Every year, the flu affects the health of millions of people across the United States. This year has been no exception. But, this year’s most prevalent strain of flu — the A (H3) –has been different and has definitely affected our community.

Jose Oronoz, Dean of Students, who has been here for nearly 15 years, attested that the flu has hit MCDS really hard. “I can only think of one other time that it was as bad as this year. That probably was about a decade ago. I can tell you that this has been a very unusual year.”

With a total of 45 student cases confirmed and reported by physicians, there are probably more cases that have not been reported according to school nurse Fran Oppedisano.  Add yet, even with so many cases here, MCDS is still within the level deemed not to cancel classes. “Both the CDC and the Florida Department of Health website suggest that if a school absentee rate reaches 30% of the total population, then the school should consider closing for 3-4 days to allow students to disassociate from each other and hopefully stop spreading the flu.” As of February 2018, our rate of students with the flu is at less than 4%.

Not only are higher death rates reported, but it has increased the number of students absences to school. The flu is starting to worry teachers like Mr. Oronoz because “it is causing a delay in the learning of students.” Many people are absent and missing important class material. Not everybody can always understand just by doing the homework and the assigned reading. Mr. Oronoz agrees as he says that “it is going to be very difficult for that student to be able to catch up with the missing work. Also, it puts an unintentional burden on the teacher because the student is legit

Flu season is upon us!

imately sick, but then the teachers have to make up all the work for that student to be able to catch up.”

According to the Centers for Disease Control (CDC), the severity of influenza in the United States is affected by the timing of the season, the effectiveness of the vaccine, and the amount of people vaccinated. This year, the flu season arrived a month early in October. Judging by the 97 pediatric deaths reported in Florida, it leads us to wonder whether  the vaccinations were either not as effective or not as many people got vaccinated. The CDC reported “a preliminary interim vaccine efficacy estimate of 36%” but that influenza B activity has increased in recent weeks. Since the CDC began recording flu hospitalizations statistics, this season has seen the highest hospitalization rate since they started calculating.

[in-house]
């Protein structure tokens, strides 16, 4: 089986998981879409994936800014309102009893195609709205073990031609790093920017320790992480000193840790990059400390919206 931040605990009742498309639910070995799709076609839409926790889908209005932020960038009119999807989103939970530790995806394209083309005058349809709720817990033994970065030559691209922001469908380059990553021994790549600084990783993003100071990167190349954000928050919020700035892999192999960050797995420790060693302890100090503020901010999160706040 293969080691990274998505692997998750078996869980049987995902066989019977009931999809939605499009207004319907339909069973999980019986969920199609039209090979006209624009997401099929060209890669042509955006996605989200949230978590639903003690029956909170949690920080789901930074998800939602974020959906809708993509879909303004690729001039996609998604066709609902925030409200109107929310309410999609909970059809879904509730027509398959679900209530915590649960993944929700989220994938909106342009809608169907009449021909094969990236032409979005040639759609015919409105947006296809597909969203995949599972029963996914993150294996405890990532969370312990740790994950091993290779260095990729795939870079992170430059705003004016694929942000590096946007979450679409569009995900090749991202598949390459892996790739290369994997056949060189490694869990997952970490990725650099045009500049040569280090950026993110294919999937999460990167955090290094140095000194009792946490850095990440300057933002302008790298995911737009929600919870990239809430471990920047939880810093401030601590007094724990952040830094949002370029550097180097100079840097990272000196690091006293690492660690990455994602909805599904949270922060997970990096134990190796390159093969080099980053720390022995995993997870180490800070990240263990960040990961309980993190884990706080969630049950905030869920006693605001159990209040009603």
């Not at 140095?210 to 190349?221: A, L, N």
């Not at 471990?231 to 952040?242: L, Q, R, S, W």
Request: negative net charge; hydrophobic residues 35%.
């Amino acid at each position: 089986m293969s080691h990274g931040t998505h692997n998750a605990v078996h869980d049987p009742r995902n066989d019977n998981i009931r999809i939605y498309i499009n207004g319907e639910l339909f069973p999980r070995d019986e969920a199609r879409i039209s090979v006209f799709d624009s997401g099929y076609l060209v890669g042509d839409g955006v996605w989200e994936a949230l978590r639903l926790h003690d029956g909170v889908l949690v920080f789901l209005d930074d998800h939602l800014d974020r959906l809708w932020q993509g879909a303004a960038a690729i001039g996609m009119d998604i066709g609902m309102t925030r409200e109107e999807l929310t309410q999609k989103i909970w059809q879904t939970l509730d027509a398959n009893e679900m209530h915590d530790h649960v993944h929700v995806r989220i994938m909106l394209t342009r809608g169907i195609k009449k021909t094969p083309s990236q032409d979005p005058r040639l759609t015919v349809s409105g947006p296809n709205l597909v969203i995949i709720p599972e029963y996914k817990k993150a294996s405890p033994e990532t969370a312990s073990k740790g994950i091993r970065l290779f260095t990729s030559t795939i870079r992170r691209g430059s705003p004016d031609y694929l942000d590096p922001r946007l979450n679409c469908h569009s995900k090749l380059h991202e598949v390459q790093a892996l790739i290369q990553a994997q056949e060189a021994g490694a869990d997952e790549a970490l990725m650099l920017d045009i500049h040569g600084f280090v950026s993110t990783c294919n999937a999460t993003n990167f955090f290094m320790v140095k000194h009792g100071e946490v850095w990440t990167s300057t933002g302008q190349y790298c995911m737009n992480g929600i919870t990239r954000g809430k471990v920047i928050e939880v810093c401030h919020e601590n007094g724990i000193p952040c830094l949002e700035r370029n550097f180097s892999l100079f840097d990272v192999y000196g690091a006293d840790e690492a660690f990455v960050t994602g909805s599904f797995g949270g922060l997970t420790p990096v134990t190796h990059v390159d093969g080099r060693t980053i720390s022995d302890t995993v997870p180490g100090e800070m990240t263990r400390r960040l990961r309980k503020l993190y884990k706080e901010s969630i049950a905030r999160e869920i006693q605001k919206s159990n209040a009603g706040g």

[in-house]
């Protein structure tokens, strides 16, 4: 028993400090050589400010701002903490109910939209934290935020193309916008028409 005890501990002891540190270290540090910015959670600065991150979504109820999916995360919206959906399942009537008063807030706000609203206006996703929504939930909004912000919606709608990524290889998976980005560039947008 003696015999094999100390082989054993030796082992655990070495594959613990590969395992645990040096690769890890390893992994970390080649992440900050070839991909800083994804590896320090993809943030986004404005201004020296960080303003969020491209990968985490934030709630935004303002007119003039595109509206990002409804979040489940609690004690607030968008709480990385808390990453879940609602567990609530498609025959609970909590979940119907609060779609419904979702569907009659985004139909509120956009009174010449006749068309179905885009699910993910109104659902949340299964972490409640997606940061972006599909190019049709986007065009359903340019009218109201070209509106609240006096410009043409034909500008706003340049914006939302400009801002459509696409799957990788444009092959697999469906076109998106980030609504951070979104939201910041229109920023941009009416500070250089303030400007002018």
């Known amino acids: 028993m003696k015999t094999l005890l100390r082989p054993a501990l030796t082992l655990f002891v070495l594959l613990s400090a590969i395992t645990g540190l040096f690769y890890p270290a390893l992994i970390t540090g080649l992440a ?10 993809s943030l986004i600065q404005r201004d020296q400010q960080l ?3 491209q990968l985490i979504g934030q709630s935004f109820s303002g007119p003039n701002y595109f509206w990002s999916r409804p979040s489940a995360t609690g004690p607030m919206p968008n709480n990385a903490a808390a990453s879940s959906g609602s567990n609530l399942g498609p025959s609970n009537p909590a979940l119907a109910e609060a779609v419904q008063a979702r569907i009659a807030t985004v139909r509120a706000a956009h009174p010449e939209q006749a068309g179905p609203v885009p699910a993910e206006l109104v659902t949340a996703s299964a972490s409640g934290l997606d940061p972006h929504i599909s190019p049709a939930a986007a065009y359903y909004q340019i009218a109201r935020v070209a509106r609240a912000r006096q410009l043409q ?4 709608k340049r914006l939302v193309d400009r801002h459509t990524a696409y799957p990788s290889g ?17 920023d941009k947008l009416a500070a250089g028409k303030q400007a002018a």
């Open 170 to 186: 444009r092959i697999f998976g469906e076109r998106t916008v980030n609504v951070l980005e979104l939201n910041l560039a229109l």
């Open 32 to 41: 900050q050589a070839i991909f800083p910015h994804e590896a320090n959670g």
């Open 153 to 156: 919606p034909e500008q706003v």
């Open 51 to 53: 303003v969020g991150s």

Influenza activity remains high which is why Ms. Oppedisano recommends getting a flu shot, washing your hands with soap and water, drying your hands with paper towels, avoid touching your face and using your elbow to cough. If you do get the flu, you need to take it seriously as this year’s flu is particularly virulent. It lasts up to a month before it completely leaves your body and you are most contagious during the early stages of the flu.

Nurse Fran’s personal experience leaves us to reflect on the dangers of the flu and why we should take care of ourselves during this time. “I had a family member die from the flu 3 years ago. She was only 28 years old and I had promised her parents she would get to the doctor in the morning. Unfortunately, she never woke up that morning and it was due to the flu. So, I really strongly recommend that when you’re sick, you need to stay home.”